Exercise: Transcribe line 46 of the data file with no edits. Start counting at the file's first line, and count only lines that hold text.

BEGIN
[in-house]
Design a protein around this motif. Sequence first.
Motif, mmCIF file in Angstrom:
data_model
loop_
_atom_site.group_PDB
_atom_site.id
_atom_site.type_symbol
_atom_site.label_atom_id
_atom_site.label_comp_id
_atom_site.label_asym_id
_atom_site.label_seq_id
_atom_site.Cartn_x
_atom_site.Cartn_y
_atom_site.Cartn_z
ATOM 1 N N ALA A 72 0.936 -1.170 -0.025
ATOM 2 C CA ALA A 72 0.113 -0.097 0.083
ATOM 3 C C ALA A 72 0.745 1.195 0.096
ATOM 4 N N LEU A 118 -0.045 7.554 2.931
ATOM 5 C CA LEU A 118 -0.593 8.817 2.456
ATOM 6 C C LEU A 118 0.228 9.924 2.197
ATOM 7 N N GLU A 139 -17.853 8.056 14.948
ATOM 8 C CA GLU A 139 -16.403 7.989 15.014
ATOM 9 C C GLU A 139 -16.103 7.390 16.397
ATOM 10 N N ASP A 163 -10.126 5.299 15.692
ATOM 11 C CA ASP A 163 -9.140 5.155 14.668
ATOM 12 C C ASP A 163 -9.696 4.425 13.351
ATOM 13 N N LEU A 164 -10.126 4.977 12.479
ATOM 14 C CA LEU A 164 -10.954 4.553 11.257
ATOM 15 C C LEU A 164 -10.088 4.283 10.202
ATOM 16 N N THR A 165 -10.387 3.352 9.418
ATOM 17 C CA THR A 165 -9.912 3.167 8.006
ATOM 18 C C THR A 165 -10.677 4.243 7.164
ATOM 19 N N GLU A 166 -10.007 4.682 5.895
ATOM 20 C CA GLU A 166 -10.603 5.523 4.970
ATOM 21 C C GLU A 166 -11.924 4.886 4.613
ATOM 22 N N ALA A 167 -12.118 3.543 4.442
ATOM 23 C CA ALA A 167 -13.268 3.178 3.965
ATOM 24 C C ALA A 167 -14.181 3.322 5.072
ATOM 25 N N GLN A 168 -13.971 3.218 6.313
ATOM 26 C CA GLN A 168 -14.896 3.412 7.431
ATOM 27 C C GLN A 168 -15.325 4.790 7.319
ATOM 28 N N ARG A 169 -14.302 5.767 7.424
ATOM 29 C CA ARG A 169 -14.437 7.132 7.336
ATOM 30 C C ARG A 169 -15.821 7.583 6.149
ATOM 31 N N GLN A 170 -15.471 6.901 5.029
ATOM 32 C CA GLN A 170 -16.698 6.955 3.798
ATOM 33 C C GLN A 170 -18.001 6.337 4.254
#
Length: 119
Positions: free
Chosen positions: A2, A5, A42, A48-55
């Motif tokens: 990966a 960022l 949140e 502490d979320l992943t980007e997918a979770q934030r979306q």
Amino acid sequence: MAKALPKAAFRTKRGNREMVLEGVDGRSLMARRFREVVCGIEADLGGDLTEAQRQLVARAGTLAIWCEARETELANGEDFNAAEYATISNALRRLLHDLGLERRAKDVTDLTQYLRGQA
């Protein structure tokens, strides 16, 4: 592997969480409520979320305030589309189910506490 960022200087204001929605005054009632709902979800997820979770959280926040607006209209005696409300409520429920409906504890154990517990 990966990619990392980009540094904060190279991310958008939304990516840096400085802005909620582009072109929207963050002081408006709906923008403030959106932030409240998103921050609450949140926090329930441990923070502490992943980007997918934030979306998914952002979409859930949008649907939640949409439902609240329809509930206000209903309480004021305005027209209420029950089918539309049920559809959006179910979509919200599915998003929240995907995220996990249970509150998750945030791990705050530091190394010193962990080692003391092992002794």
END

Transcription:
ATOM 31 N N GLN A 170 -15.471 6.901 5.029